Globicate

Tuesday, July 10, 2012

Intentional Writing - Editing; Flabbergasted and Frustrated


writing, writer's workshop, editing, revision, Globicate, Heidi Befort


Trying to convince most students the value in editing, conferencing, and revision sometimes leaves me flabbergasted, and my students frustrated.  It is a slow and meticulous process that should be established when students are young, but I know that the primary teachers I work with are most times pleased to just get students to write at all, so revision gets put on the wayside. Revising for young students is sometimes viewed as a bad thing because they are going back and redoing something. So with this in mind, sometimes letting a writing piece just sit for a day or two will help your students identify and be more willing to revise them.

In my classroom, I love to model and participate in the whole process with my students at the beginning of the year.  We start with our journals or binders, and depending on our topic we approach it through literature, brainstorming, researching, or sketching.  I encourage my students to write on every other line so that when they go to conference with either a partner, or myself there’s plenty of room to write comments.  My student’s write their first draft, and then highlight items that need to be revised such as incorrect spelling, punctuation, sentences, and capitals after reading the piece out loud in a “whisper phone” (a “U” shaped device to listen to oneself made by using pvc pipe from the local hardware store). I also encourage my students to look at who’s speaking and their tenses.  Once they’ve identified areas for correction, they go back and revise.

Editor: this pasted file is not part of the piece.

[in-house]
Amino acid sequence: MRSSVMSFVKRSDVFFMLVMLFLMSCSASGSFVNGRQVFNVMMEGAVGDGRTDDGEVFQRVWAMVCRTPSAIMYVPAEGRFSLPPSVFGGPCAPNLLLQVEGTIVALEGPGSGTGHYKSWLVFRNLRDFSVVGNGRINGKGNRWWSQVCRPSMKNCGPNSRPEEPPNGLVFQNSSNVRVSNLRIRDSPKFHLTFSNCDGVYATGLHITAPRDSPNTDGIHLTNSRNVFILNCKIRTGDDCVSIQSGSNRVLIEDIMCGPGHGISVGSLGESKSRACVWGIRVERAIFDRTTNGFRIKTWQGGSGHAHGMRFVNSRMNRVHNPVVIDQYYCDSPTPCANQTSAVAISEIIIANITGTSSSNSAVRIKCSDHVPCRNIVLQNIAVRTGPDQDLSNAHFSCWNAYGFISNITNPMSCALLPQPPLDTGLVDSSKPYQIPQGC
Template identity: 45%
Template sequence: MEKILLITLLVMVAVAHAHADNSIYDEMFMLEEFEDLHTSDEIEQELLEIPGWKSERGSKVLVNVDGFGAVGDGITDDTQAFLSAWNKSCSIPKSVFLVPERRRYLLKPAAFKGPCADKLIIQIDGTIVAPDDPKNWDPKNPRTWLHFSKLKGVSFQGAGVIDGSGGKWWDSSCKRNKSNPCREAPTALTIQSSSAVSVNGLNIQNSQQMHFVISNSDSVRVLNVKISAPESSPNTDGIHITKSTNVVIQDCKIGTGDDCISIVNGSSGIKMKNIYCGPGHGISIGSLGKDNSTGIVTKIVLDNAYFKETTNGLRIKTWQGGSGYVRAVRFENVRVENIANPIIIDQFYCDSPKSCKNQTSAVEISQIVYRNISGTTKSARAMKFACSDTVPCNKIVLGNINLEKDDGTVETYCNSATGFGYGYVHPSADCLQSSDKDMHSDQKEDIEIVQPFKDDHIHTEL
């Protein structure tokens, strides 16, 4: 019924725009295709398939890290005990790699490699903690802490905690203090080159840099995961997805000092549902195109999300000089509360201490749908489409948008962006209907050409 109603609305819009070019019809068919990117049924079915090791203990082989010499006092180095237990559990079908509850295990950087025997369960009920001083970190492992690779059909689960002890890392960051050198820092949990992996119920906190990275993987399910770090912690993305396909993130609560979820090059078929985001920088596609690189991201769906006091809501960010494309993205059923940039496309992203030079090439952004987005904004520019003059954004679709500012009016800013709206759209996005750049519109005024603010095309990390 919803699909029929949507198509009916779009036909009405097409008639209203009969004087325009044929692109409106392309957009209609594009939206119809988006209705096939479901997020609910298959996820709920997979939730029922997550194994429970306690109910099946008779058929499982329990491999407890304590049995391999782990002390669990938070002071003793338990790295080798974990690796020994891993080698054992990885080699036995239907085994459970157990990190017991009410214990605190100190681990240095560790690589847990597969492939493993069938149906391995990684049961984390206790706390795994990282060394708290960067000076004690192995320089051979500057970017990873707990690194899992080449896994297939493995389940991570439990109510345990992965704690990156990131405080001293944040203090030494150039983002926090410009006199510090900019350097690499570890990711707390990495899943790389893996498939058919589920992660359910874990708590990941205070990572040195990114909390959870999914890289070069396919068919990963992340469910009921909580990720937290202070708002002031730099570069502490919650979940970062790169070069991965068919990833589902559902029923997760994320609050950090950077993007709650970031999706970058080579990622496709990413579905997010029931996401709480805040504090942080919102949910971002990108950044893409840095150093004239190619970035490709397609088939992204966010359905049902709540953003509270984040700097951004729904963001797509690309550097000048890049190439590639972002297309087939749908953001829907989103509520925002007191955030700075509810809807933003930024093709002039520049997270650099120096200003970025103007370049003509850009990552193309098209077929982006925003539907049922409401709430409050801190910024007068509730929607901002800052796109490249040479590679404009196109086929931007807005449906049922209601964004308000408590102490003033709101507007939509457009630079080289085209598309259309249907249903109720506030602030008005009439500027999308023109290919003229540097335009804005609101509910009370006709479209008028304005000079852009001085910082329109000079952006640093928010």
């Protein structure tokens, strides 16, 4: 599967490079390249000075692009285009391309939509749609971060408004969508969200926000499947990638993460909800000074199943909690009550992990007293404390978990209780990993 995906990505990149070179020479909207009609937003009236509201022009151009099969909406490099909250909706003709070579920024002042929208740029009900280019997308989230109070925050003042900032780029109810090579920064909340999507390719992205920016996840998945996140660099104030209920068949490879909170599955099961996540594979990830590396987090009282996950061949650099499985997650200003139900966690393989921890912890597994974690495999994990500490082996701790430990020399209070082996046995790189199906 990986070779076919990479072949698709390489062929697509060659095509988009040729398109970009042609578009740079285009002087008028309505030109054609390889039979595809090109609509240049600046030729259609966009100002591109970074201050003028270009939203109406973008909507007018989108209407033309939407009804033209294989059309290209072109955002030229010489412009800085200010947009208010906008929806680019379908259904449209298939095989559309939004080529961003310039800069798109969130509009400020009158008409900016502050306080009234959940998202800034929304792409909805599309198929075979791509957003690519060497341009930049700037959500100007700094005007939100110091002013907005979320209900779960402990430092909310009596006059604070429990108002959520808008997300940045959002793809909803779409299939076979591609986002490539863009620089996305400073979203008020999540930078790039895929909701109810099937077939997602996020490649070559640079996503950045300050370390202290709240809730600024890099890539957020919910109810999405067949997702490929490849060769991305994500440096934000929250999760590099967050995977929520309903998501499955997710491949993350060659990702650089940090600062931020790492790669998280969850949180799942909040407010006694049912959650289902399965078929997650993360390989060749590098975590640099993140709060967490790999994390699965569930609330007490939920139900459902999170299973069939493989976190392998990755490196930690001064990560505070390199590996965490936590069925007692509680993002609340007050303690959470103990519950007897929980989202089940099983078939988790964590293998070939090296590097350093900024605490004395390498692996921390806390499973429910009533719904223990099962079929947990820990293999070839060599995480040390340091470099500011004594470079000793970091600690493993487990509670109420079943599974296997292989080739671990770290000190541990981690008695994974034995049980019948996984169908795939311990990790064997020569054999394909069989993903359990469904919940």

The second part of this process entails finding 2 partners to read through their pieces. Each partner needs to use a different color pen and indicate their name at the top of the writing piece to ensure that they’ve conference with someone else. Being a peer conference partner is a serious task, and students are required to participate using valid remarks not just, “I liked your story”.  When their partner has completed this, they will write at least one positive comment and a suggestion for improvement using the 6 Traits of Writing at the end. 

Peer conferencing is a wonderful way for students to see and hear what others are writing about and to gain insight into different writing styles and techniques. It allows them to practice their own editing skills, and helps them to identify learned grammar from lessons during the year.

Check out my free Writer’s Workshop S.H.A.P.E Up! and Writer's Workshop Revising Form to guide your students through the process and help keep them organized.  Check out these sites below for that technology piece that may just pull one or two of your reluctant writer’s into the fold.


Education World's - Everyday Edits
Education World's - Animal A to Z (for primary students)
ESL Writing
Top 9 Writing Apps from Reading Rockets





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